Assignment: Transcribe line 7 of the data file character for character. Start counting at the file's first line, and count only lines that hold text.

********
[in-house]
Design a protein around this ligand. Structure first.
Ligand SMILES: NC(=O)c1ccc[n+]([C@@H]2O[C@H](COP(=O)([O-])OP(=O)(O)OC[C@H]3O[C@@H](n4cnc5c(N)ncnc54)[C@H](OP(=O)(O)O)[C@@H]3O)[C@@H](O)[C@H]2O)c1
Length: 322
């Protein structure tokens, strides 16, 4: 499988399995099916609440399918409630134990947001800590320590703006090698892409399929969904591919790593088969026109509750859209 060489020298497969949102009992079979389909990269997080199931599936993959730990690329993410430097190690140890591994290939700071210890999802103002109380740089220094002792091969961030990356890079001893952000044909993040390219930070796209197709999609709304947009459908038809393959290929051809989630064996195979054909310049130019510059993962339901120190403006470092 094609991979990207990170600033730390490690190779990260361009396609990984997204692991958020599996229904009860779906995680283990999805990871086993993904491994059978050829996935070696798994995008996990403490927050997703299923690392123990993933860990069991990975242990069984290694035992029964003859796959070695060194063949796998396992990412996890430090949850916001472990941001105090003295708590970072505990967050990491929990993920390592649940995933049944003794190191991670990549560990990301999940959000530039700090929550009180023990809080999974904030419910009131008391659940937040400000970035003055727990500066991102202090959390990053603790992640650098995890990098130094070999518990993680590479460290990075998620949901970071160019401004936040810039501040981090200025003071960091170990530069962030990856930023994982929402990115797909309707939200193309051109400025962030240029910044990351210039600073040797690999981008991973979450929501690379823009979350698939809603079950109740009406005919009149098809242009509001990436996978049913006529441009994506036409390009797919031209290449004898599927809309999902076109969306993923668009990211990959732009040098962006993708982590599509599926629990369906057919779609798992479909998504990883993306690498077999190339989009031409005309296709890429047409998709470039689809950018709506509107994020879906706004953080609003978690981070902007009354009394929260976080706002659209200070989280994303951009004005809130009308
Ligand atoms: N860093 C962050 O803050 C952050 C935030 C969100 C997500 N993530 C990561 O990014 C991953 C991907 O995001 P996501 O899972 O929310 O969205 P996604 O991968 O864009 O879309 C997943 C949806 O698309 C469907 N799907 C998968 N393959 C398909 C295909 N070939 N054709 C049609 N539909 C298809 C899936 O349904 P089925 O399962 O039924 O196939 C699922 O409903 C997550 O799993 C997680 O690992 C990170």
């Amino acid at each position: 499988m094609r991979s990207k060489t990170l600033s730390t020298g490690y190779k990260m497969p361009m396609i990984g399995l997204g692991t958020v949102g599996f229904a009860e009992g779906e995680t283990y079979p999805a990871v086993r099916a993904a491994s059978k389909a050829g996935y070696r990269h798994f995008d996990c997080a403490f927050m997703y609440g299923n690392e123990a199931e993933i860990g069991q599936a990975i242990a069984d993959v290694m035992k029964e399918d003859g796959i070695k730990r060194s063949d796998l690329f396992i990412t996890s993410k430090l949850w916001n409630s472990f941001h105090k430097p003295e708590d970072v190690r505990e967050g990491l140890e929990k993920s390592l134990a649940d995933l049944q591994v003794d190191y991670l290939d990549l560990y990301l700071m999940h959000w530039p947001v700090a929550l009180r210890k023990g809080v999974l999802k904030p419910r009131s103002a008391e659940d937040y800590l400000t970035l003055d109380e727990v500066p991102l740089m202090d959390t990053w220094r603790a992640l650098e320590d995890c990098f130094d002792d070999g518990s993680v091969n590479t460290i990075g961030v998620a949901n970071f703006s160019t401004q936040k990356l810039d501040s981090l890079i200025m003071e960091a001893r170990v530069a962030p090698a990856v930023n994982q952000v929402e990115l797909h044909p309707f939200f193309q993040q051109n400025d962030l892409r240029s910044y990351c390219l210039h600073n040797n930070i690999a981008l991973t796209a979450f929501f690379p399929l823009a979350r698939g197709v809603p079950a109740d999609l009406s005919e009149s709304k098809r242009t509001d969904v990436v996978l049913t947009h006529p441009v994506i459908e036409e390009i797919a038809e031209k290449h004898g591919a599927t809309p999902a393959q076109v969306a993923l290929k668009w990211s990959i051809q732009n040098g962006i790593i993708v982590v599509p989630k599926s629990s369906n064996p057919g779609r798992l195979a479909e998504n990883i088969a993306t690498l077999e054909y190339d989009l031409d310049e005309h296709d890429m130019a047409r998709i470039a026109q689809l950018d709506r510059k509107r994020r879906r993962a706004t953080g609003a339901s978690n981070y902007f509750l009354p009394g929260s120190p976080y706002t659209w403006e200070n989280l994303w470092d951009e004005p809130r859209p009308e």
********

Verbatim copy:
């Amino acid at each position: 499988m094609r991979s990207k060489t990170l600033s730390t020298g490690y190779k990260m497969p361009m396609i990984g399995l997204g692991t958020v949102g599996f229904a009860e009992g779906e995680t283990y079979p999805a990871v086993r099916a993904a491994s059978k389909a050829g996935y070696r990269h798994f995008d996990c997080a403490f927050m997703y609440g299923n690392e123990a199931e993933i860990g069991q599936a990975i242990a069984d993959v290694m035992k029964e399918d003859g796959i070695k730990r060194s063949d796998l690329f396992i990412t996890s993410k430090l949850w916001n409630s472990f941001h105090k430097p003295e708590d970072v190690r505990e967050g990491l140890e929990k993920s390592l134990a649940d995933l049944q591994v003794d190191y991670l290939d990549l560990y990301l700071m999940h959000w530039p947001v700090a929550l009180r210890k023990g809080v999974l999802k904030p419910r009131s103002a008391e659940d937040y800590l400000t970035l003055d109380e727990v500066p991102l740089m202090d959390t990053w220094r603790a992640l650098e320590d995890c990098f130094d002792d070999g518990s993680v091969n590479t460290i990075g961030v998620a949901n970071f703006s160019t401004q936040k990356l810039d501040s981090l890079i200025m003071e960091a001893r170990v530069a962030p090698a990856v930023n994982q952000v929402e990115l797909h044909p309707f939200f193309q993040q051109n400025d962030l892409r240029s910044y990351c390219l210039h600073n040797n930070i690999a981008l991973t796209a979450f929501f690379p399929l823009a979350r698939g197709v809603p079950a109740d999609l009406s005919e009149s709304k098809r242009t509001d969904v990436v996978l049913t947009h006529p441009v994506i459908e036409e390009i797919a038809e031209k290449h004898g591919a599927t809309p999902a393959q076109v969306a993923l290929k668009w990211s990959i051809q732009n040098g962006i790593i993708v982590v599509p989630k599926s629990s369906n064996p057919g779609r798992l195979a479909e998504n990883i088969a993306t690498l077999e054909y190339d989009l031409d310049e005309h296709d890429m130019a047409r998709i470039a026109q689809l950018d709506r510059k509107r994020r879906r993962a706004t953080g609003a339901s978690n981070y902007f509750l009354p009394g929260s120190p976080y706002t659209w403006e200070n989280l994303w470092d951009e004005p809130r859209p009308e």